To each of us God presents life-changing “moments” of opportunity. How we recognize those moments and what we do with them may be the true measure of our faith. When Jesus described the final judgement He said, “The king will say to those on his right, ‘Come, you who are blessed of my Father, inherit the kingdom that is prepared for you from the foundation of the world. For I was hungry and you gave me something to eat; I was thirsty and you gave me something to drink; I was a stranger and you invited in; naked and you clothed me; I was sick and you visited me; I was in prison and you came to me. … In that you have done it to the least of these, you did it to me.”  (Matthew 25:34-40).

Wednesday, October 7, 2020

The Journey


I grew up in a small town in north-central Texas.  Our family never traveled far.  I sometimes tell people that my first visit to a foreign country was across the Red River into Oklahoma. But when I was 18, I started a journey that has taken me to places I never imagined: the Opera House in Sydney Harbor, the coast of New Zealand, fishing for piranha on the Amazon, volcanoes in Guatemala, a lighthouse at Banda Aceh, Indonesia, the pyramids of Egypt, Mozart’s home in Salzburg, the Docu Zentrum in Nuremberg, the Pantheon in Rome, Lennin’s Tomb and the Kremlin in Moscow. If someone told me in my youth that I would visit these places, I would have thought they were crazy.

 Something about the human spirit is drawn to the journey.  Maybe that is why On the Road Again remains one of Willie Nelson’s most popular songs. We are mesmerized by the expeditions of Marco Polo, Columbus, Magellan, Lewis and Clark, Lindbergh, John Glenn and Neil Armstrong. We are drawn to the imaginary journeys of Hobbits seeking Mount Doom and Star Trek’s quest to go where no man has gone before. Covid has caused many of us to cancel or suspend our trips.  But we still hunger to travel.  Journeys, both real and imagined, change the world and they change us.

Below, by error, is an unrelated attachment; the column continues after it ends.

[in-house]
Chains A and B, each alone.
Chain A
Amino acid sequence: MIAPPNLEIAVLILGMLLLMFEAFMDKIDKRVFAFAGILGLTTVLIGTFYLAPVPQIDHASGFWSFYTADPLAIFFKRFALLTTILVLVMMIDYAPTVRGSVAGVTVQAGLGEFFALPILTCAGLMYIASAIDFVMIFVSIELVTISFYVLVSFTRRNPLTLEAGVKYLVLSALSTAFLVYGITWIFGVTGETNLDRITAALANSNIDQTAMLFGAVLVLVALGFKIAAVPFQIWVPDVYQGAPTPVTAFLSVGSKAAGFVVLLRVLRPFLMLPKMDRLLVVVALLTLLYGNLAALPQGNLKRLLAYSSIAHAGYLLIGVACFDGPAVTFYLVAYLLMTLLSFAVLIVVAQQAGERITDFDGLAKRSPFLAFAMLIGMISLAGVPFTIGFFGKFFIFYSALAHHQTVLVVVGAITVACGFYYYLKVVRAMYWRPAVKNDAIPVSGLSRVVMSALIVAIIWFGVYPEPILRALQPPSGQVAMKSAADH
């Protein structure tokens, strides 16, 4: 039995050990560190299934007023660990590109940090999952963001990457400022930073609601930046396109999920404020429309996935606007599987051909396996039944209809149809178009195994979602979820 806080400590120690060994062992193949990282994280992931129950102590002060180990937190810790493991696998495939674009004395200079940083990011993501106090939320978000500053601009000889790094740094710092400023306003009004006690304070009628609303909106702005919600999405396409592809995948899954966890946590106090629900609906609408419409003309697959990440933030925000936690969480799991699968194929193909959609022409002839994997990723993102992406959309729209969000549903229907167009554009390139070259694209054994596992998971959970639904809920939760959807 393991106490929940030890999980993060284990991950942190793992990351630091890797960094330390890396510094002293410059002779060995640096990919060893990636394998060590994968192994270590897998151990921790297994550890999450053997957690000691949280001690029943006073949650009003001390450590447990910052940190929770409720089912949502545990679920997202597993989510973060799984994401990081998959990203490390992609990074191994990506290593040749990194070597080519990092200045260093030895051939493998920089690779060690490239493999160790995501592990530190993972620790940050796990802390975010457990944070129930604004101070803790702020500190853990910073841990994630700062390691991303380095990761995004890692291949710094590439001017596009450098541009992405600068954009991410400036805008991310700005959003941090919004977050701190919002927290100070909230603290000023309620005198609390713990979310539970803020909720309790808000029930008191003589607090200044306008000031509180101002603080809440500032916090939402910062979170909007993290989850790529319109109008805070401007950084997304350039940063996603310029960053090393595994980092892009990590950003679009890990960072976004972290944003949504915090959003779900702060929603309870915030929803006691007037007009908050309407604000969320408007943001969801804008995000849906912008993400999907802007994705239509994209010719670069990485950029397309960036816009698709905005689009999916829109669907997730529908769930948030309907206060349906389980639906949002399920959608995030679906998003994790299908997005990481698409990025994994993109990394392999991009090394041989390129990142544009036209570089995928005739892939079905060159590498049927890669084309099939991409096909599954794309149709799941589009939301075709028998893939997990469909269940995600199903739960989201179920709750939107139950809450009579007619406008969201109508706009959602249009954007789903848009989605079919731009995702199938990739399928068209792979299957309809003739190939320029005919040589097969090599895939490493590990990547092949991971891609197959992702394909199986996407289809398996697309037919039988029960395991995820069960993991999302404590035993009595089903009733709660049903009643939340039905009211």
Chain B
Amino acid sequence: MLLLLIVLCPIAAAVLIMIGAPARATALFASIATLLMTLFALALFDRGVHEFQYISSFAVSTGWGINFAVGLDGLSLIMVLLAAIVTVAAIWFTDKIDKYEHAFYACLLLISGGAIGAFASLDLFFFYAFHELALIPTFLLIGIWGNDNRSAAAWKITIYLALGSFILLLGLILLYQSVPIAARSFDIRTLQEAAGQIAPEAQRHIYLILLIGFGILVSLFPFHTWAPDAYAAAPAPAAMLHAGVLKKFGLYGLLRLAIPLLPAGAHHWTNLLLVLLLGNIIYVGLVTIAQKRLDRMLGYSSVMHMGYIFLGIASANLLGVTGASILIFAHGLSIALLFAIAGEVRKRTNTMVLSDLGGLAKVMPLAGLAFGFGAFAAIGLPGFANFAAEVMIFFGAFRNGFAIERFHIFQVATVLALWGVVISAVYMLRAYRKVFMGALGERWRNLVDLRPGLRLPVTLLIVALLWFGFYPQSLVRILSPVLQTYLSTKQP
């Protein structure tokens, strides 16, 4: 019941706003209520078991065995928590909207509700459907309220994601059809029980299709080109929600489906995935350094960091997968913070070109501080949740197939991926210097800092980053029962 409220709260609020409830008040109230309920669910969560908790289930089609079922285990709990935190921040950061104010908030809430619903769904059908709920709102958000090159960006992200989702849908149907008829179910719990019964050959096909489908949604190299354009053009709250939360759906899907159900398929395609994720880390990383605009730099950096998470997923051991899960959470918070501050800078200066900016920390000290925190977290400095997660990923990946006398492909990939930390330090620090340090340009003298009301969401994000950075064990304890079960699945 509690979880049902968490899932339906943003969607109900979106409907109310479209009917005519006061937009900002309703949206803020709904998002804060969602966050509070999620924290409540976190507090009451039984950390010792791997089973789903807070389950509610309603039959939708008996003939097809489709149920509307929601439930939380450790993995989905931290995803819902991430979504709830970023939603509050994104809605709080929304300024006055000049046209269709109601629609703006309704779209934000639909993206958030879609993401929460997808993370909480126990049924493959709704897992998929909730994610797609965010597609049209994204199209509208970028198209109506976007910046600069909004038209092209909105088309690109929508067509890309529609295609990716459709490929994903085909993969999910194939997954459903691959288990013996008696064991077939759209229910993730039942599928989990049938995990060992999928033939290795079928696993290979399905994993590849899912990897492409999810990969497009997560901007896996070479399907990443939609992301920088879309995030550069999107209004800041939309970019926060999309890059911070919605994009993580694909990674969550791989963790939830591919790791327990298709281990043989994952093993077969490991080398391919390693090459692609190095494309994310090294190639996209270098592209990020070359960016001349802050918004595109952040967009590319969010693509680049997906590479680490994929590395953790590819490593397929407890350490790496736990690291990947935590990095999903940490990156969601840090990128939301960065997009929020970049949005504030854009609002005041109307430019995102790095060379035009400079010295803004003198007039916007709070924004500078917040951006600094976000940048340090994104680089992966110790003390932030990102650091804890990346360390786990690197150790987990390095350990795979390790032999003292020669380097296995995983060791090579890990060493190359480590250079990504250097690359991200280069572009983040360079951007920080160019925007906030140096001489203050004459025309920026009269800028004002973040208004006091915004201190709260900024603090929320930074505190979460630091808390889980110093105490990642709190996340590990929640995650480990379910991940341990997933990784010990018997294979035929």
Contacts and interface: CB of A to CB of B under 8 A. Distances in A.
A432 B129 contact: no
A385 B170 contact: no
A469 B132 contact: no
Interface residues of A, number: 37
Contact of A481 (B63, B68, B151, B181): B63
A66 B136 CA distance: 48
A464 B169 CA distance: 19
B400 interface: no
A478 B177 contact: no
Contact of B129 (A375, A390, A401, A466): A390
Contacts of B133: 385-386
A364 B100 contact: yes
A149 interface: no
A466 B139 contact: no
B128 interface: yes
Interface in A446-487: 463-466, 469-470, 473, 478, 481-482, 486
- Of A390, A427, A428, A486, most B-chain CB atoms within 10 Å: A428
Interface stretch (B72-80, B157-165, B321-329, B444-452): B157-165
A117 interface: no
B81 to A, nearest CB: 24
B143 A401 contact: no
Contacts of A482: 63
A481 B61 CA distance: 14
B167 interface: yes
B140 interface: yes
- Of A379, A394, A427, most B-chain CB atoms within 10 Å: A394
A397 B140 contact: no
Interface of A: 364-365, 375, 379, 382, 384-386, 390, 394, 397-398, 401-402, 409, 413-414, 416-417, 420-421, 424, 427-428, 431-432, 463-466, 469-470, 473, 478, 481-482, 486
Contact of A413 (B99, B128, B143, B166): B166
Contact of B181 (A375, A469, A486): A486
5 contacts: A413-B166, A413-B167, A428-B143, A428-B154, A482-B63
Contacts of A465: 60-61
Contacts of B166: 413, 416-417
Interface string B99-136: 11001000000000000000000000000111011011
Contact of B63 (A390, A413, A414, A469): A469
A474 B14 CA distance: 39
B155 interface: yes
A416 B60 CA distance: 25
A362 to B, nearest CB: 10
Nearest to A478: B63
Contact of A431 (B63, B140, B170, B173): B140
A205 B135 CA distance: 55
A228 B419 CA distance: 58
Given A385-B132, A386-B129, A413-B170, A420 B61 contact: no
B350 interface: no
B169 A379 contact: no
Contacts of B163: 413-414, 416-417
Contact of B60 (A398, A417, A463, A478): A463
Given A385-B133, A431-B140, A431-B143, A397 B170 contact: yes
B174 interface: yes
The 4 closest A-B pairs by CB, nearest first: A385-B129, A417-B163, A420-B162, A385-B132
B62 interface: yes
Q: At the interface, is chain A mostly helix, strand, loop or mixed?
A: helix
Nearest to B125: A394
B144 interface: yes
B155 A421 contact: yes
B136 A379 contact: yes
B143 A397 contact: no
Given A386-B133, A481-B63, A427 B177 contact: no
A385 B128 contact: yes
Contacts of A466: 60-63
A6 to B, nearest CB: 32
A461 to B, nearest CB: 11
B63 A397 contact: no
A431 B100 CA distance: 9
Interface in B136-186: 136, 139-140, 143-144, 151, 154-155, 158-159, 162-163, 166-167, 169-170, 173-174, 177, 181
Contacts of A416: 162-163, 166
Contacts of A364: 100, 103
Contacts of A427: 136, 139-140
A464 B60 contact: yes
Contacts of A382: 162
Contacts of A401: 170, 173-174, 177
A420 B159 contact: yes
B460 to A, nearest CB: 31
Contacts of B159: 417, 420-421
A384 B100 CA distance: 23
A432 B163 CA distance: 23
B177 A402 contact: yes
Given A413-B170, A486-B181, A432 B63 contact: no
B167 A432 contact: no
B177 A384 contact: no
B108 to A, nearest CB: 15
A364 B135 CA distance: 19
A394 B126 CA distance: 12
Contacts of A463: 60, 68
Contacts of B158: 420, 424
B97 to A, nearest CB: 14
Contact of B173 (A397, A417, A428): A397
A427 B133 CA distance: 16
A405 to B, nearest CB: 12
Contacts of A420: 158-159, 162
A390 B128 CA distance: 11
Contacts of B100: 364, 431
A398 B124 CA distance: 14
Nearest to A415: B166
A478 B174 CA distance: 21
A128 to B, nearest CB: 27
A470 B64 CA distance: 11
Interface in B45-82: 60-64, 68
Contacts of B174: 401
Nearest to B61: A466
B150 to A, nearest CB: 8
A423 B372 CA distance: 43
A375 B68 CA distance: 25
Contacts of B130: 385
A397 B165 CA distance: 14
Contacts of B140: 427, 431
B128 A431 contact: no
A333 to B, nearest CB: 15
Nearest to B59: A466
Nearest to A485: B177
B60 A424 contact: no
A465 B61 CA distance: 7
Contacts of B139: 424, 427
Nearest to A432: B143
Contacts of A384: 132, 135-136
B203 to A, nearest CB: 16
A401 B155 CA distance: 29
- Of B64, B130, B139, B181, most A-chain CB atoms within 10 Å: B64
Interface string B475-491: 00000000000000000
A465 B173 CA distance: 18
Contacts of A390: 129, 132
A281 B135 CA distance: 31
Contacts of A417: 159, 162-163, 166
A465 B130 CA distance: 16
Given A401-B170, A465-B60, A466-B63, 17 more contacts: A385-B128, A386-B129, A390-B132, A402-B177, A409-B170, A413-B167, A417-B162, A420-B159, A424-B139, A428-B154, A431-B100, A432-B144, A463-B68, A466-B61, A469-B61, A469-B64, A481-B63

God chooses to reveal himself through our journeys.  Redemption starts with God’s call to Abraham to leave his father’s country and go to places he had never seen.  Moses’ journey out of Egypt produced the Ten Commandments which provide the basis for all moral understanding.  No journey was ever more life changing than the journey Jesus started when he left Nazareth and gathered 12 men to follow him.  Their travels on foot through the regions of Galilee, Judea and Samaria changed the world.  The stories of their encounters with the lame, the blind, the rich, the poor, prostitutes and priests provide us the framework for understanding God and ourselves.

 We are all on a journey.  The journeys we choose, where we go, how we get there and who goes with us will shape us and change us for the better or the worse.  Sometimes our journeys lead us to distant places, sometimes close to home. The most important decisions about any journey is how we trust in God and how we treat others along the way.

 We like to think we will all arrive at the same destination no matter what we believe, what we do or how we live.  But the fact of the matter is that different roads lead to different places.  Jesus said “broad is the way and wide is the gate that leads to destruction and there are many who enter through it.  For the gate is small and the way is narrow that leads to life and there are few who find it.” (Matthew 7:13-14)   He alone knows the way that leads to life and He continually invites us to join the journey that leads us there saying, “Come, follow me” (Mark 10:21).

Tuesday, September 29, 2020

Courage and Confidence During Covid


Last week the number of deaths from Covid-19 surpassed 200,000.  Experts predict that this number could double by the end of the year. Had we known these numbers in the spring we would have been staggered.  But now, more than six months into the Caronivirus pandemic, we have become numb.  Most of us read the reports as statistics, a way of keeping score.  Some have even concluded that the number of deaths is “acceptable,” a relatively small percentage of our population, even though it is equivalent to 1,000 airline crashes with 200 fatalities each in the span of 7 months.  But for those 200,000 families and their friends, it is personal.  Each has a story.  Each feels the loss.